Services

Held on Saturdays, 11:00 AM


All are welcome to join!

Services are held throughout the year to deepen our appreciation of the Buddha's teachings and observe Buddhist holidays and family events, such as a child's first visit to the temple and memorial services for loved ones who have passed away. Monthly Memorial Services are part of every service. Services are conducted in English and Japanese. Typically, study classes immediately follow each service. Please see below or check our Calendar of Events for the schedule of upcoming services. 

Located at: 

1015 E. Montecito Street

Santa Barbara, CA 93103

*lot and street parking available 


2020 Services: 

 

January 18: Shotsuki; New Year/Ho-Onko

February 8: Shotsuki; Nirvana Day 

March 28: Shotsuki; Ohigan

April 11: Shotsuki; Hanamatsuri

May 9: Shotsuki; Mother's Day/Gotan-e

June 13: Shotsuki; Father's Day/Rennyo Shonin

July 11: Shotsuki; Hatsubon

July 18: Obon Festival 

August 8: Shotsuki

September 12: Shotsuki; Ohigan

October 10: Shotsuki; Eshinni/Kakaushinni

November 14: Shotsuki; Eitaikyo/ Thanksgiving

December 12: Shotsuki; Bodhi Day


The Significance of Affirmation Ceremony (Kieshiki)                                                                                                                          Rev. Masanori Watanabe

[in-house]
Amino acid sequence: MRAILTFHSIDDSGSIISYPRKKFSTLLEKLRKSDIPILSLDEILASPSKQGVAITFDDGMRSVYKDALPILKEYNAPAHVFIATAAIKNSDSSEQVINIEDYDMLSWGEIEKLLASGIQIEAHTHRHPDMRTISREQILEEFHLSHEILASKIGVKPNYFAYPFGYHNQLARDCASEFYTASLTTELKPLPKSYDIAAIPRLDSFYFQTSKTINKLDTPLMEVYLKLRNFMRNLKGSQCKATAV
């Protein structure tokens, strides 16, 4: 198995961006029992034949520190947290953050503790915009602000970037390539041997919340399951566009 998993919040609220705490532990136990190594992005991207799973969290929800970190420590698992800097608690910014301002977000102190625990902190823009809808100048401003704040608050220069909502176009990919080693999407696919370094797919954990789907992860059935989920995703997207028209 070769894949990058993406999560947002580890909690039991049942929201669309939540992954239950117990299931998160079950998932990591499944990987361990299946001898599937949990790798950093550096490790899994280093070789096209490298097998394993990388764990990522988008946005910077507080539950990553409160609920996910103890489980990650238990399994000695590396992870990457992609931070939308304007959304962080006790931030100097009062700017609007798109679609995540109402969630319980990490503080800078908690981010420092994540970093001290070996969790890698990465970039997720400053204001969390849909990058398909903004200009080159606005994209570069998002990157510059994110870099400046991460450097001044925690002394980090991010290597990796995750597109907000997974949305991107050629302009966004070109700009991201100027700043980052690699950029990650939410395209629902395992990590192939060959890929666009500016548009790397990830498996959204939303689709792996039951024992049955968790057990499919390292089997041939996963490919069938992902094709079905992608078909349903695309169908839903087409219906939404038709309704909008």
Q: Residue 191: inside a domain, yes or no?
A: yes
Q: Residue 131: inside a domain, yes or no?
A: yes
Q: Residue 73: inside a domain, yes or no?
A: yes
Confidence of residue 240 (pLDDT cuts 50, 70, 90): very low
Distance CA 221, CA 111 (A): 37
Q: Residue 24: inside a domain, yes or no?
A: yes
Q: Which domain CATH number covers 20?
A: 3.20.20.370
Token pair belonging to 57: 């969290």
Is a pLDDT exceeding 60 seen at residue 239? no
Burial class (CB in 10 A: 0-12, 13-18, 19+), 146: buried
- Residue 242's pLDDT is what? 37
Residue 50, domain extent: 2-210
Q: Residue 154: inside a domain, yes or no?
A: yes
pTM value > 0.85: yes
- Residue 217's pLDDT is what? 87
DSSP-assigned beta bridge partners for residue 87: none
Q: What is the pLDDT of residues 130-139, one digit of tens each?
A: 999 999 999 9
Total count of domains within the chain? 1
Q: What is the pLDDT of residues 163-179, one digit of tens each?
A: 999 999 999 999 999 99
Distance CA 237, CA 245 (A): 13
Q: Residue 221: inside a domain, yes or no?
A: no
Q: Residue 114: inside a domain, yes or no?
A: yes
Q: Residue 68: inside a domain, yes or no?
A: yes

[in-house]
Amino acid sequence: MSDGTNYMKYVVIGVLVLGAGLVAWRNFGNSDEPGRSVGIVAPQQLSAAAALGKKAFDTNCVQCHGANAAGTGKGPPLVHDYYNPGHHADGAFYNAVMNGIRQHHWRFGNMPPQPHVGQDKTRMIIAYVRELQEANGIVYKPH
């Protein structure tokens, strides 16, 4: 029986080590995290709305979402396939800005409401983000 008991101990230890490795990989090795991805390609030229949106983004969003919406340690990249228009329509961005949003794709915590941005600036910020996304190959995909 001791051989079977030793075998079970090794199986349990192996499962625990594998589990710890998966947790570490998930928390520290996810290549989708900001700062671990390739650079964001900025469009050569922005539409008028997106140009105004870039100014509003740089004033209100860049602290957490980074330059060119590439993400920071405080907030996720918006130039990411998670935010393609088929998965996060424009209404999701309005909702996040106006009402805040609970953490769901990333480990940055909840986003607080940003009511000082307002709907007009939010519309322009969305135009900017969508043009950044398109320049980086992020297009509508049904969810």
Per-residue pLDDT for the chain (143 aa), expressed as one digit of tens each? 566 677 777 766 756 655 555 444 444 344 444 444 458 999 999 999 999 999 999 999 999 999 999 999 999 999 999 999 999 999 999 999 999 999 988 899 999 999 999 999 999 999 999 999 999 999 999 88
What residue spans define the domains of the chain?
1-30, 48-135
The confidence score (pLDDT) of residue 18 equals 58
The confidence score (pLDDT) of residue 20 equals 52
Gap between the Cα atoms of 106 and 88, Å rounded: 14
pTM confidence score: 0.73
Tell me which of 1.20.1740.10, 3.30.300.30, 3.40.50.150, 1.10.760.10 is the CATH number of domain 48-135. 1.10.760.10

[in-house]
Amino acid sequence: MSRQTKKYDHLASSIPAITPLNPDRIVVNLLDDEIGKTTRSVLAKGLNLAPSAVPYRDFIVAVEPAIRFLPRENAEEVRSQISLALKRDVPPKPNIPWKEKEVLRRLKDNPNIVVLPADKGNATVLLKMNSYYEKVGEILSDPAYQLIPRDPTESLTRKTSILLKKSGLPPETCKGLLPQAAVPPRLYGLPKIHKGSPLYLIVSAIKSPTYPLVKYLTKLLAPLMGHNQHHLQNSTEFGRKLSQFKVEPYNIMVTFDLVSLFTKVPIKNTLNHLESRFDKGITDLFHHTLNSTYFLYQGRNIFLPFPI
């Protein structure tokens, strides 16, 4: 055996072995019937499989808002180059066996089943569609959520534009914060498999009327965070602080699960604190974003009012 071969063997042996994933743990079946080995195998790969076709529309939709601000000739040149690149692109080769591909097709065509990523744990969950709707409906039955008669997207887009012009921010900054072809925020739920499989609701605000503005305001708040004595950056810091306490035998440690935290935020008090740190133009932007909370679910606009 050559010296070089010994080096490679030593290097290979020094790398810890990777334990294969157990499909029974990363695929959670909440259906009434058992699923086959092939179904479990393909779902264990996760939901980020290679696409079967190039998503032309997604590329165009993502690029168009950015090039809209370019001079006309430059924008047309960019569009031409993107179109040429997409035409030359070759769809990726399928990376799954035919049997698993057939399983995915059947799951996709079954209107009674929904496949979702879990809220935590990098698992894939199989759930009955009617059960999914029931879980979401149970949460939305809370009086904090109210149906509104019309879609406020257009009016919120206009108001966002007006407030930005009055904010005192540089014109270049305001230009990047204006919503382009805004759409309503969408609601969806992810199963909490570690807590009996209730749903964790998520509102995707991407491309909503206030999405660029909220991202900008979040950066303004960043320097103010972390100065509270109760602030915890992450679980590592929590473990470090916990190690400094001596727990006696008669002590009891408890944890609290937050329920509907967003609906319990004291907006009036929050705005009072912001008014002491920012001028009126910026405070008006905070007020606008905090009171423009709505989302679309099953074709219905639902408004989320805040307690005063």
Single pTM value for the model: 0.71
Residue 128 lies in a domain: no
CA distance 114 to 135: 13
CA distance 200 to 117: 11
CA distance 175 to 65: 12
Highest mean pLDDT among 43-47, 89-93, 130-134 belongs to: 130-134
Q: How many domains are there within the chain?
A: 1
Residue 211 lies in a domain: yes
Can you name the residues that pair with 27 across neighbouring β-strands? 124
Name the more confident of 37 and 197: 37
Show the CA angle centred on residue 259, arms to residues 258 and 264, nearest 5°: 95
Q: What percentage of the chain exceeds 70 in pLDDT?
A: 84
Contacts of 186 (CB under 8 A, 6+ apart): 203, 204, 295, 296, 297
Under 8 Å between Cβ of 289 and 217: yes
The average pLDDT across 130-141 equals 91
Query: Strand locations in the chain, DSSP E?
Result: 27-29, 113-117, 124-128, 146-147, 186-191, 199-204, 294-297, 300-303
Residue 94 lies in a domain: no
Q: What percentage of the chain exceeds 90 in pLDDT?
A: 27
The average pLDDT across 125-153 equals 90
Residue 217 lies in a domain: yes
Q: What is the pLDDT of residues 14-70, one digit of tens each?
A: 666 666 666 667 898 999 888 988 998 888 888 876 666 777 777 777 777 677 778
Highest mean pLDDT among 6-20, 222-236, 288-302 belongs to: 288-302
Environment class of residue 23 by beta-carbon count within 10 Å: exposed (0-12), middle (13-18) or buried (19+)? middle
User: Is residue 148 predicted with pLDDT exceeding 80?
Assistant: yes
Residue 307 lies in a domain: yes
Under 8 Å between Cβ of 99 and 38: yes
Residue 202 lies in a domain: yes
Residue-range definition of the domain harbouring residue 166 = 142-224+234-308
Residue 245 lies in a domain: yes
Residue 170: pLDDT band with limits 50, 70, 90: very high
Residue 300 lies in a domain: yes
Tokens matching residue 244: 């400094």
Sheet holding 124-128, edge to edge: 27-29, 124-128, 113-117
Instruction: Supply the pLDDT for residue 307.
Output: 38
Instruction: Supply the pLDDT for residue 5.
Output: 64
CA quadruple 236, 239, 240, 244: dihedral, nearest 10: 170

The affirmation ceremony, called “Okamisori (Shaving heads)” in Japanese, is the important step of affirming one’s reverence for the “Buddha”, “Dharma”, and “Sangha”. The significance of this ceremony is to declare one’s resolution to live as a Buddhist (Shin Buddhist) in front of the image of Amida Buddha. This is like the beginning of a new life for Buddhists. The Bishop will give the ceremony participants their Buddhist names. Some believe that a Buddhist name is given when one passes away; however, a Buddhist name should be received before one’s passing. The reason is that the original meaning of this ceremony is to become Buddha’s disciple, and to vow to live following the Buddha’s teachings during one’s earthly life.

Therefore, receiving one’s Buddhist name should happen before one’s death.

Namo Amida Butsu

All photos by Kenji Photography
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